The issue of fire safety has rarely been far from the news since the Grenfell Tower tragedy in June 2017. Politicians, developers and residents of the numerous existing developments found to be unsafe have been wrestling with the challenges and complexities posed in adjusting to the subsequent legislation.
Understandably, this has led to a number of changes within planning regulations and policy to address future development, most notably through the Government’s new Building Safety Bill which was introduced in July 2021. This brings forward new requirements into the planning process which seek to ensure fire safety matters are addressed at the planning stage for schemes involving all relevant high-rise buildings in England and Wales.
From 1st August 2021, these obligations, known as ‘Planning Gateway One’, have been added to Planning Practice Guidance. Two new key elements have been introduced for developers to consider:
i) The submission of a Fire Statement, setting out fire safety considerations specific to the development; and
ii) Establishing the Health and Safety Executive (HSE) as a statutory consultee for all relevant planning applications
These requirements apply to developments which contain either two or more residential dwellings or educational accommodation, and which exceed 18 metres or seven storeys in height.
Furthermore, these requirements have been incorporated into Permitted Development Rights, which have also been subject to changes on 1st August. Applications under the new Class MA of Part 3 – Class E to Residential conversion, which replaced the former Class O rights for office to residential conversions – will be required, under the prior approval process, to submit a Fire Statement, with the HSE consulted by the Local Planning Authority. The same applies to applications for upward extensions, under Use Class A and AA of Part 20 of the regulations.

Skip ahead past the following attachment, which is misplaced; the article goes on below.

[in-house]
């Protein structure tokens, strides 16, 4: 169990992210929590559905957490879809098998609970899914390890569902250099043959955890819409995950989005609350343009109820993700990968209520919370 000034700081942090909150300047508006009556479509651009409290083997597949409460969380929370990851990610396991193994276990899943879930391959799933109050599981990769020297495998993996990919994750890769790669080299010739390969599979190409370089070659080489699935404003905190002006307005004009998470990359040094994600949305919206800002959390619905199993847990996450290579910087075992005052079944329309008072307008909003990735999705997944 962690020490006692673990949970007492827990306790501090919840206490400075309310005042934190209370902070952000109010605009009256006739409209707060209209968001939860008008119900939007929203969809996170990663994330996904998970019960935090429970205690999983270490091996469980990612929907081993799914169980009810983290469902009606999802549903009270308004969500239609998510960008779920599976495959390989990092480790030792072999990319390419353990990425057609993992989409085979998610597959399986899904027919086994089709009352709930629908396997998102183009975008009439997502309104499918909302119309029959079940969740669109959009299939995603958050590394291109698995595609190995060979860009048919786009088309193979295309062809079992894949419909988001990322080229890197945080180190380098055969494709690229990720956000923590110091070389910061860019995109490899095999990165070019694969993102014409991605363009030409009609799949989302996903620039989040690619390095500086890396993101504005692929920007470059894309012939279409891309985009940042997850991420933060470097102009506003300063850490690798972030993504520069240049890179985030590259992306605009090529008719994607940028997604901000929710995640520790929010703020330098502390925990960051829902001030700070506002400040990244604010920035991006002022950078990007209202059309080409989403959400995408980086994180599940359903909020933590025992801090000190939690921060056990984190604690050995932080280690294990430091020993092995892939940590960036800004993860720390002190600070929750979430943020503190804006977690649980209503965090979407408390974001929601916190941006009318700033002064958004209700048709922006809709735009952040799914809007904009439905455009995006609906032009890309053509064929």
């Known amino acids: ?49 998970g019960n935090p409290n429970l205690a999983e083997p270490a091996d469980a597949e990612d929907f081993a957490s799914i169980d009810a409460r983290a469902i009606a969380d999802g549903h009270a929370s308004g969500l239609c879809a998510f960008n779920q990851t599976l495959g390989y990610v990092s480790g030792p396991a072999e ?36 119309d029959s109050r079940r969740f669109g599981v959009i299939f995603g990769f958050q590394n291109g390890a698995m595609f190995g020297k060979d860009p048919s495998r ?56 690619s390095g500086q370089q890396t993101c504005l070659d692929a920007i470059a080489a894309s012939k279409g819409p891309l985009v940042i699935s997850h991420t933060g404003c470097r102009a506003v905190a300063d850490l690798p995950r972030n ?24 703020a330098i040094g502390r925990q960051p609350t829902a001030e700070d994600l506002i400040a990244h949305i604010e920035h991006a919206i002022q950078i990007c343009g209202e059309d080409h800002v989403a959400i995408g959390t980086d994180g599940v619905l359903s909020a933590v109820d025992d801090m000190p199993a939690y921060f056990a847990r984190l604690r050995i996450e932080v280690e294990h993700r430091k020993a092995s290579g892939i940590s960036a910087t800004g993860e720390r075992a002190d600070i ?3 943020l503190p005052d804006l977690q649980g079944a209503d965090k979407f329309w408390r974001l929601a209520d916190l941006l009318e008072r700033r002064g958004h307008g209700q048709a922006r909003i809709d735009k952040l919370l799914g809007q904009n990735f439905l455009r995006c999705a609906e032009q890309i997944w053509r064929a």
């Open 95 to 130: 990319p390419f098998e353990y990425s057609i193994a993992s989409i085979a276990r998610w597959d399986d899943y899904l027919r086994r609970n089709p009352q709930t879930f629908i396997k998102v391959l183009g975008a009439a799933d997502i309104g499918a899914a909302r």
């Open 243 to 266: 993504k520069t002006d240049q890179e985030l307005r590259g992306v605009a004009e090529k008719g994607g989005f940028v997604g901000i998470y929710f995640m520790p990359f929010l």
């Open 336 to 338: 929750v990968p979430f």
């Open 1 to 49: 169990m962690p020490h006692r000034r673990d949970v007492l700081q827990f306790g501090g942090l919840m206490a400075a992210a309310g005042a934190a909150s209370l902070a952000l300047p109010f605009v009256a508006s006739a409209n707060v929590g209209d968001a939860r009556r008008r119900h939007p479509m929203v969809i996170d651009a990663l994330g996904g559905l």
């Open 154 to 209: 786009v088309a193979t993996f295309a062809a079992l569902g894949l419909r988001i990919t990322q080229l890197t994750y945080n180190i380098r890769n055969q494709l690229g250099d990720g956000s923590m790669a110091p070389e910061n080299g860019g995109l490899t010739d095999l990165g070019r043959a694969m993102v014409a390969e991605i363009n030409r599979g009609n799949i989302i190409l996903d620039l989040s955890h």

Additionally, for developments within the capital, the New London Plan adopted in March 2021 includes a significantly more in-depth policy approach to fire safety than in the previous iteration, broadly reflecting the emerging legislative changes. Policy D12 requires all new major developments to submit a Fire Statement, independently produced by a qualified assessor, to demonstrate the suitability of building materials proposed, means of escape, safety measures and access for fire service personnel.
Iceni are currently advising on several schemes involving these new fire safety requirements. If you would like to discuss what this means for you, please do not hesitate to get in touch.